The Story behind Sharing My Story

A Guest Blog by Jessica Kenley*

*Jessica Kenley is a mom and author of KIDOWED, a book in which she shares her own personal account of her family’s experience with EB and the impact of losing two of her children to the skin disorder. She was recently featured in a two-part Q&A series. Click here to read part I and part II of that interview.

This entry is about my experience in publishing a book about my life in a two-year snapshot for the world to see—an e-book—but still a book.

I started writing a diary every day on the sage advice of an amateur grief counselor. I should clarify—she was not an amateur at grief, having lost a husband who she had had more years on earth with than not, but possibly an amateur at counseling. Of the variety who thinks the glass is always half full if you look at it in the right light and that we of the grieving community should discard our negative thoughts and only voice and allow ourselves to think the positive ones. She didn’t quite know what to do with me.

Most of the people in our group were older women who had lost husbands of your everyday garden variety diseases of old age —cancer being the most common. I should point out that I am not discounting or minimizing their grief at all, but I did find it difficult to relate to them. I was the youngest in the group by at least 25 years and the only one who was there as the result of losing a child—well on my way to two, for that matter. I didn’t have any positive thoughts. I was furious. We eventually started having “individual sessions” and she told me one day after listening to me rant over iced teas for a while that I was going to “burn down the world” someday. I still don’t know what that means, but I think she meant it in a good way, as if I had the potential to change the things about the world that I didn’t like. In any case, that’s how the book began. Eventually it turned into something that I was writing as if I was talking to someone else, if only because I didn’t have anyone to talk to in such a frank and honest manner about what was running through my head on a constant basis, especially while I was watching my daughter die in front of me every second of every day while simultaneously knowing what was going to happen to her and being absolutely and completely helpless to stop it.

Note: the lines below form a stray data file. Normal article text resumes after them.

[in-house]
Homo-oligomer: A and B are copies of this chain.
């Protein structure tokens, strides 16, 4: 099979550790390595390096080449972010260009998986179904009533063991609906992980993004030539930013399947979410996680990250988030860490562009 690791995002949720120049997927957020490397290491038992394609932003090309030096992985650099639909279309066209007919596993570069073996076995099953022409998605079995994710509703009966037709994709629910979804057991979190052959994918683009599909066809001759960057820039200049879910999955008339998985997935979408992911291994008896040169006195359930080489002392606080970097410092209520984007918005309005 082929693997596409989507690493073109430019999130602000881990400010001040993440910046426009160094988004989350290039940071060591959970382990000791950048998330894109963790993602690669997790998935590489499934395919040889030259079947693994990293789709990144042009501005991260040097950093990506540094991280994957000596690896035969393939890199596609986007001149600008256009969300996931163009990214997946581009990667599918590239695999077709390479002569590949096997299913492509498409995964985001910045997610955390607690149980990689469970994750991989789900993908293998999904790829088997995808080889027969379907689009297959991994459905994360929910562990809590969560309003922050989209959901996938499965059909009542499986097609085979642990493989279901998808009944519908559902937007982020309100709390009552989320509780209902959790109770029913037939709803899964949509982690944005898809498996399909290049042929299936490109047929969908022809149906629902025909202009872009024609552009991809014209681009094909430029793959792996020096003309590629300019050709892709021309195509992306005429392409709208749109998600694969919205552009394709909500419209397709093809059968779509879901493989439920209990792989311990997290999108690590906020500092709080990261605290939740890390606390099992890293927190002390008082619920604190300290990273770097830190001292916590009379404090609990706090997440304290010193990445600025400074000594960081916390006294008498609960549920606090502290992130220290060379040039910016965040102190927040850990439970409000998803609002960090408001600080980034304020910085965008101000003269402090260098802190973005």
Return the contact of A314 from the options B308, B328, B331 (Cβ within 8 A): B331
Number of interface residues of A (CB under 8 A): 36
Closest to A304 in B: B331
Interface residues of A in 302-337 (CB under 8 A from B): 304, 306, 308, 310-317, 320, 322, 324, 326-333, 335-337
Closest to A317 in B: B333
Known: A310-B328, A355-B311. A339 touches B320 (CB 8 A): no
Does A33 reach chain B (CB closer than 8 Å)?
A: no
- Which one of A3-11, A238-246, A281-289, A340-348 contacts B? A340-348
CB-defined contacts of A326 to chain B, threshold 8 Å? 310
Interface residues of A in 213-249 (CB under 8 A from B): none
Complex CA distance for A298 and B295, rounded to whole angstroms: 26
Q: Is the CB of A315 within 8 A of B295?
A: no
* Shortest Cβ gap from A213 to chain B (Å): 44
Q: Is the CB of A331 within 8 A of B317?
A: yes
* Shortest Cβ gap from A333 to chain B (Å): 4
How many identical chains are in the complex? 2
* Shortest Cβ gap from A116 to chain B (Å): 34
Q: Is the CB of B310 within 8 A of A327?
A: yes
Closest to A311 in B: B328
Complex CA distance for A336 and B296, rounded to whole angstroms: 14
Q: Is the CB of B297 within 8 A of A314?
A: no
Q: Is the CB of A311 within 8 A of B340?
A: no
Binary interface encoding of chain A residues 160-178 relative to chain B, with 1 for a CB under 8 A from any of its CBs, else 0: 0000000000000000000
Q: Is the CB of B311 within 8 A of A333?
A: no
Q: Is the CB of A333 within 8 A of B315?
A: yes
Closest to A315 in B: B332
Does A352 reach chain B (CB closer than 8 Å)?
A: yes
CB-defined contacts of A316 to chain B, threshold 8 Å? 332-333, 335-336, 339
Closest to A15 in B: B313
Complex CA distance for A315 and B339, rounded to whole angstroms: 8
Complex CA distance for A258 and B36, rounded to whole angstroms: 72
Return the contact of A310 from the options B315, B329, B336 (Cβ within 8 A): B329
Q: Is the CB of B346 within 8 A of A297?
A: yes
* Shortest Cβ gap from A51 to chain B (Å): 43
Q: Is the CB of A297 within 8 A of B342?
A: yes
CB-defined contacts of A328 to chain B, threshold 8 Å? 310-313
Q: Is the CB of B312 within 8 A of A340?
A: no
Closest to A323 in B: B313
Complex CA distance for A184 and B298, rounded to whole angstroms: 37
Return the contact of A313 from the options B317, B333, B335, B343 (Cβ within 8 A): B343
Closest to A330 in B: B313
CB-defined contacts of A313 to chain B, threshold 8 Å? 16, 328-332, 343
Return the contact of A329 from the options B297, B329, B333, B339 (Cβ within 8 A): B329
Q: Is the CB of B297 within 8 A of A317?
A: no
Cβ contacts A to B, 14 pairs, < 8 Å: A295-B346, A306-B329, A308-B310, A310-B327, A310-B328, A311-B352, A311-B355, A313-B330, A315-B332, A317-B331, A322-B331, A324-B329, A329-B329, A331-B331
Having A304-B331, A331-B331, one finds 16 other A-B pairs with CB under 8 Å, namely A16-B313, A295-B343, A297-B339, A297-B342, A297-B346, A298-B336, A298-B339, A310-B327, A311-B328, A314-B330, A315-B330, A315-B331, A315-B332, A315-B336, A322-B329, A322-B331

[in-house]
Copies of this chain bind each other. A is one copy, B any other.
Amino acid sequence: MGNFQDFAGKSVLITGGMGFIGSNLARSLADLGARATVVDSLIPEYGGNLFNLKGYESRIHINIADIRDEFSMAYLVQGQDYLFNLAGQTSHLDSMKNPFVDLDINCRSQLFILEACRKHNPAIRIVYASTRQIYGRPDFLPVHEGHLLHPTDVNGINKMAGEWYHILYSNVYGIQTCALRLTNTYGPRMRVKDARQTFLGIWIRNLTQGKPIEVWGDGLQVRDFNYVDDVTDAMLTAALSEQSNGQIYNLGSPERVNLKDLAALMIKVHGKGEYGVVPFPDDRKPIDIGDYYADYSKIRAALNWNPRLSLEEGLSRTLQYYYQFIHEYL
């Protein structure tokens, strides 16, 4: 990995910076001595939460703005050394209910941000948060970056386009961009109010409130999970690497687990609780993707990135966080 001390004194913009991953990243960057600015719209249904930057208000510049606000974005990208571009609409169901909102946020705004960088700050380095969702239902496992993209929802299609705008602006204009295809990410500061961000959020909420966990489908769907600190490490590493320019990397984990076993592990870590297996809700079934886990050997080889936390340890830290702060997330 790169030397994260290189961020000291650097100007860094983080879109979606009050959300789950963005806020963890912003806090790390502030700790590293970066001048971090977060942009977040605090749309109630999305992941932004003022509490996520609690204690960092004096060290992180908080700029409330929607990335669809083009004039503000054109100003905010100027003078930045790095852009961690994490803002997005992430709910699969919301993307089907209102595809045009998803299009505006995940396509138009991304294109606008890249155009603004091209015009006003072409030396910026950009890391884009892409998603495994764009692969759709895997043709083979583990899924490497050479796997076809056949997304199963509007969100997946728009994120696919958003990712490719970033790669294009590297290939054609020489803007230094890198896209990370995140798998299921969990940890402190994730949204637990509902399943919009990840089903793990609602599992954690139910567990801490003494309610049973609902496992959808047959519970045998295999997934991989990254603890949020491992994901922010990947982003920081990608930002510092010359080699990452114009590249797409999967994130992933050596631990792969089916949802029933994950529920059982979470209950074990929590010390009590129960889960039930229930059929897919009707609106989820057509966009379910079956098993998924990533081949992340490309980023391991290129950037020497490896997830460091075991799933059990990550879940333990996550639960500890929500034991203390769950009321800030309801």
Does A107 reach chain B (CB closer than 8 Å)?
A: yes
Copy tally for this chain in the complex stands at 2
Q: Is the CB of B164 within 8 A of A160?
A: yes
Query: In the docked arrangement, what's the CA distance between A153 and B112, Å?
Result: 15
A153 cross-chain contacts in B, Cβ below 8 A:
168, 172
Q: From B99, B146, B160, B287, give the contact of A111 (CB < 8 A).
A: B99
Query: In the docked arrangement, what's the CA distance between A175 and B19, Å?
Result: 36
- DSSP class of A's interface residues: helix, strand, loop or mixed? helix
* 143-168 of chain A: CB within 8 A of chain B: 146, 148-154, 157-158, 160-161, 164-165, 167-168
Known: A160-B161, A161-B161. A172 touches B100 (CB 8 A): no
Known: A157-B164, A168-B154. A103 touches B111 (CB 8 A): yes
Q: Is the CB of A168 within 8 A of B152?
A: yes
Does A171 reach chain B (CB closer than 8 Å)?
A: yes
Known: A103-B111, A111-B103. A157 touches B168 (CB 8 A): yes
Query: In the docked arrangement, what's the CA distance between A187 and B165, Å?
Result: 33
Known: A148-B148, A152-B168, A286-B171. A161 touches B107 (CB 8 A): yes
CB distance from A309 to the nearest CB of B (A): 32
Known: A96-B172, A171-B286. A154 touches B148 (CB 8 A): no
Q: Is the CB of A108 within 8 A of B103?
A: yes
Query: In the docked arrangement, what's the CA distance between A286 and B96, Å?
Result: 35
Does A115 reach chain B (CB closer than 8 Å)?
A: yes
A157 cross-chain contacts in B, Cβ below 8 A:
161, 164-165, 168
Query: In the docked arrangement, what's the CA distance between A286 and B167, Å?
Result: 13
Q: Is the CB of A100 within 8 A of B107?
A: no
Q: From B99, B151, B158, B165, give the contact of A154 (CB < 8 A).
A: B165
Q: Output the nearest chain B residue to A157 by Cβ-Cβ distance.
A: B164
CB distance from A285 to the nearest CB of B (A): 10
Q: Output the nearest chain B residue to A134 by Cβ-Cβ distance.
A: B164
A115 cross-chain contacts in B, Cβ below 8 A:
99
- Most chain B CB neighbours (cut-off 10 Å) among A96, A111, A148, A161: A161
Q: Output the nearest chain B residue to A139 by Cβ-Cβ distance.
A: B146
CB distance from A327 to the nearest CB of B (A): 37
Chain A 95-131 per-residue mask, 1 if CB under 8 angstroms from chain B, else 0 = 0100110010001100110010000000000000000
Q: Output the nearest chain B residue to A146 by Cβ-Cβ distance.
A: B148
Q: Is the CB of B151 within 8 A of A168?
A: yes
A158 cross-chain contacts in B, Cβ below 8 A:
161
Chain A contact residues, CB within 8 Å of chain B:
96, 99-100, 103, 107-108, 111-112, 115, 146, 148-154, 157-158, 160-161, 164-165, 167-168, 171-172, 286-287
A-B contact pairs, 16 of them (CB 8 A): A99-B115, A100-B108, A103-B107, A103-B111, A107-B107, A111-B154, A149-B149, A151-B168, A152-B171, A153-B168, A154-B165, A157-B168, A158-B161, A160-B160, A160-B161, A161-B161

The bottom line is that the book is brutal to read. It asks people of all walks of life to stand beside me through my hellish experience and endure the aftermath, too. It is not an easy read. It wouldn’t even be an easy read if it were fiction. I wasn’t thrilled with the idea of people I didn’t know reading extremely personal and potentially humiliating things about me (such as my dating and drinking habits) while I was trying to cope with the deaths of my children, but I did feel like the importance of EB awareness trumped any qualms that I might have about judgment from strangers, which is why I published it, and I would encourage others to do the same.

The response I have gotten from people who have read the book is overwhelmingly positive, with some negativity and judgment that I believe comes mostly from misunderstanding sprinkled in here and there, which is not so bad, all things considered. You can’t win ‘em all, as they say.

Here are the things I wish I would have known before I published the book or that I wish a friend might have told me, even if it was hard to hear:

  1. You’re not likely to get rich or famous. Not even close, especially with an e-book. Authors who make a living from writing do it for a living, all the time, every day, and fail continuously before success, even if they have something that is extremely important to say, and these are the ones with advertising and agents.
  2. People will judge you relentlessly and harshly, if only because they cannot identify with your situation. Do NOT, under any circumstances, reply or comment on negative reviews of your book. It makes the author appear petty and unprofessional. On the flip side, DO encourage people who liked the book to post positive reviews. The sad fact is that people who don’t like it are much more likely to take the time to review it than people who do, so when people contact you telling you how much they like it, tell them to post a review.

Here is what I can tell you…

  • If you think your book is worth publishing, I can guarantee you that a lot of other people will, too. You cannot fake passion or truth. If you truly believe that the world should know about it, then say it. Really, what do you have to lose?
  • You will most likely create a following of people who are passionate about what you publish, and even if it’s just a few people, who cares! Those are people that will spread the word where you couldn’t.

I published Kidowed because I thought that more people should know about EB. The e-book has been in existence only since July 2012, and about 10,000 people have read it. The vast majority got it for free, and I got some bad reviews, but I got many more good ones, and consider this—upwards of 8,500 of those people never knew EB existed before I published it, and now they do.

Because I published this book, I was afforded the opportunity to do a reading at a prestigious international conference that had doctors and researchers from 25 different countries who were all involved with EB in some way, which I count as the highlight of my career as an EB advocate. And my little e-book made it to #1 for free memoirs that weekend on, if only for a short time.

Also, I am currently a guest blogger on this fantastic website—would you have known that I existed if I hadn’t published a book? A difference is a difference, so don’t hesitate when given the opportunity to make one. You won’t regret it.

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